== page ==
Colorado veterinary diagnostics maker Heska is celebrating record first quarter earnings results powered by better-than-expected performance from its vaccines and pharma unit and strong sales of its blood tests. The results come as music to the company’s ears as it continues to deliver on a turnaround plan that it rolled out in 2014.
Heska’s sales shot up to $27.1 million in Q1, a 19% increase over Q1 2015. Sales from blood testing tools and consumables pitched in with $11.4 million in revenue. Vaccines, drugs and other products contributed $3.7 million in revenue, up from $3.3 million during the same quarter last year.
Investors seemed pleased with those numbers. Heska’s stock shot up 20% to $35.86 the day the company reported earnings.
Blood analyzers continued to be profitable for Heska in Q1. New customers comprised about 71% of placements during the quarter, and more than 70%, or 2,250, of those customers were medium, large or very large. Heska also saw greater enrollment in multi-year blood testing and consumables agreements, CEO Kevin Wilson said on the company’s Q1 earnings call.
“The benefits to having reached this critical adoption mass are numerous, including significant long-term momentum and visibility for Heska, unrivaled value for veterinarians, installed base stability from which to grow and extend enrollments, and lower transactional costs and barriers to doing business with Heska,” Wilson said in a statement.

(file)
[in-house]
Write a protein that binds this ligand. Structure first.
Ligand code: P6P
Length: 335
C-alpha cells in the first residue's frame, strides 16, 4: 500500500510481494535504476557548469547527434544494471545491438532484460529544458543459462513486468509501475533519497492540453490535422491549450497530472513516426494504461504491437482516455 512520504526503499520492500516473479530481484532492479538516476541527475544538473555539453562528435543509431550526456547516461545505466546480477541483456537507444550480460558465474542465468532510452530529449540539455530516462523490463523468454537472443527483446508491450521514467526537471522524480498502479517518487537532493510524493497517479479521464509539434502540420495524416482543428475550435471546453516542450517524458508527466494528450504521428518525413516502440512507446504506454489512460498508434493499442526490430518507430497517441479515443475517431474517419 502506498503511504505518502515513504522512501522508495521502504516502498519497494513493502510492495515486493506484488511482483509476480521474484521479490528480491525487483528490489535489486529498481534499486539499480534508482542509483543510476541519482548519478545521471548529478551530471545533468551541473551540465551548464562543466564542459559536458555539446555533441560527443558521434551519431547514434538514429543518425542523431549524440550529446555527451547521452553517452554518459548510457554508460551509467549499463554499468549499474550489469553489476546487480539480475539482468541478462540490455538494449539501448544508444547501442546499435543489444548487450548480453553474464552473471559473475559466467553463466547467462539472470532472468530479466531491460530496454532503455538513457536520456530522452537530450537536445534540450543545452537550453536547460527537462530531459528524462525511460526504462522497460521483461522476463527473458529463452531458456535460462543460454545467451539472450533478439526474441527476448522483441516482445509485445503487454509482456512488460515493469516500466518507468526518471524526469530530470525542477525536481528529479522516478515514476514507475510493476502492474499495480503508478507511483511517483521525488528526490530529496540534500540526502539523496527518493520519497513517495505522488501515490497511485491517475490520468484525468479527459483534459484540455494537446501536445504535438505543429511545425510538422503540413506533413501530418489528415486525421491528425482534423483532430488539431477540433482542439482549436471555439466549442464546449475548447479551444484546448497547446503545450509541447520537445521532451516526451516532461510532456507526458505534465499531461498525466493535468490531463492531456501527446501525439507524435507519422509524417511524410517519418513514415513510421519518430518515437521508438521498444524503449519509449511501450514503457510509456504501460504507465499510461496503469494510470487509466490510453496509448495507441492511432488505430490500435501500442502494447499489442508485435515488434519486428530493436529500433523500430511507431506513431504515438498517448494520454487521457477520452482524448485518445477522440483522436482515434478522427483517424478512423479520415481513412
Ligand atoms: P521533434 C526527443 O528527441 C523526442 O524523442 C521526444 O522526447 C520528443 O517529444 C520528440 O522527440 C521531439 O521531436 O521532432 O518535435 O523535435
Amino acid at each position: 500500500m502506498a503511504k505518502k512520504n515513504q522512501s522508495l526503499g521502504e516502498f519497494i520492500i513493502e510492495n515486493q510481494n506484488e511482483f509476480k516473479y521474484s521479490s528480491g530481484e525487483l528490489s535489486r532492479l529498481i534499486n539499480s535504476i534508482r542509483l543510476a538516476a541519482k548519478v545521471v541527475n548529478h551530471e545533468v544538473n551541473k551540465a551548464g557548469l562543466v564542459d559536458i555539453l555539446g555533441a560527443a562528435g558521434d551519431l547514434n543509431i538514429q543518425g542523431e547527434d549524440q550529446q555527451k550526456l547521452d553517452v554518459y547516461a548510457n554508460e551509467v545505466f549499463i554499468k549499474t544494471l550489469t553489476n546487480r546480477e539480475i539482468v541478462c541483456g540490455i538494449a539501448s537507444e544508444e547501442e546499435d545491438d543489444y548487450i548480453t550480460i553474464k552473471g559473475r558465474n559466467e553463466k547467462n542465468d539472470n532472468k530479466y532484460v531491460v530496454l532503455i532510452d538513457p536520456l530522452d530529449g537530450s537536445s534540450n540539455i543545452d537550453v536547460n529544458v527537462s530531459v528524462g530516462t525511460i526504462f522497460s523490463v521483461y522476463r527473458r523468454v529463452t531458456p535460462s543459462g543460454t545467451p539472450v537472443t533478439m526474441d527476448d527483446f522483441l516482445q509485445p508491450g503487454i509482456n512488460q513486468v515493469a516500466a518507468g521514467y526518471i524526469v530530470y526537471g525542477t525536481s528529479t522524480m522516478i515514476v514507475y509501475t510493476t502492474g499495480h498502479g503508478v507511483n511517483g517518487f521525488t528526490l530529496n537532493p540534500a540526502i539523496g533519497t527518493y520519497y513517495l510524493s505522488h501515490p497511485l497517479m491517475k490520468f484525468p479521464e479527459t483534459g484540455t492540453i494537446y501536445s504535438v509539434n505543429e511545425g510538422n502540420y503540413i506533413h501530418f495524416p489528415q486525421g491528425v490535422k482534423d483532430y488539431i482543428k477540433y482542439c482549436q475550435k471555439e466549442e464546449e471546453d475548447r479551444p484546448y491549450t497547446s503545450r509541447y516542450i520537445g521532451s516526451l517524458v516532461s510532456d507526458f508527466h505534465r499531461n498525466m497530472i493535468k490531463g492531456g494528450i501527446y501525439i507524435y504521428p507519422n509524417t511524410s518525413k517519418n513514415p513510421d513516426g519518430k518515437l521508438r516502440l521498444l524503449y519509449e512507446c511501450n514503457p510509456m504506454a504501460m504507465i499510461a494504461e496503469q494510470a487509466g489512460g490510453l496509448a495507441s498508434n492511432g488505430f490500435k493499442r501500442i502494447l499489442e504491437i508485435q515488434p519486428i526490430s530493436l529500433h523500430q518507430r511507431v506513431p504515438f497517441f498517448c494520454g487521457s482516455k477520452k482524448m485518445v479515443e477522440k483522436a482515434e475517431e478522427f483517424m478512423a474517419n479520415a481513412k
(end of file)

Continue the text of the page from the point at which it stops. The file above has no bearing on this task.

Vaccines and pharma also delivered for the company, even though Heska wasn’t expecting much due to temporary headwinds. Sales from a new reproductive product offset lower revenues for cattle vaccines for international distribution, CFO Jason Napolitano said on the earnings call.
Heska is also working on building out its offerings. The Loveland, CO-based company has launched new versions of its Element HT5 Hematology and Element POC blood gas analyzers. Last year, Heska said it would pay $6 million for Cuattro Veterinary to get its hands on the company’s new digital radiography and imaging products.
The deal, which is expected to close this month, is also meant to expand Heska’s international presence. Cuattro is established in Canada, Mexico, Europe, the Middle East and Latin America, and Heska wants to tap into these markets to drive growth.
“We like to compete, and in the areas that we compete geographically I think we are showing that we compete very well,” Wilson said on the earnings call. “(W)e think that as we expand that geography and we complete the acquisition of the international imaging business and we move similar business model to primarily Western European countries, Scandinavia … we'll have some more success competing.”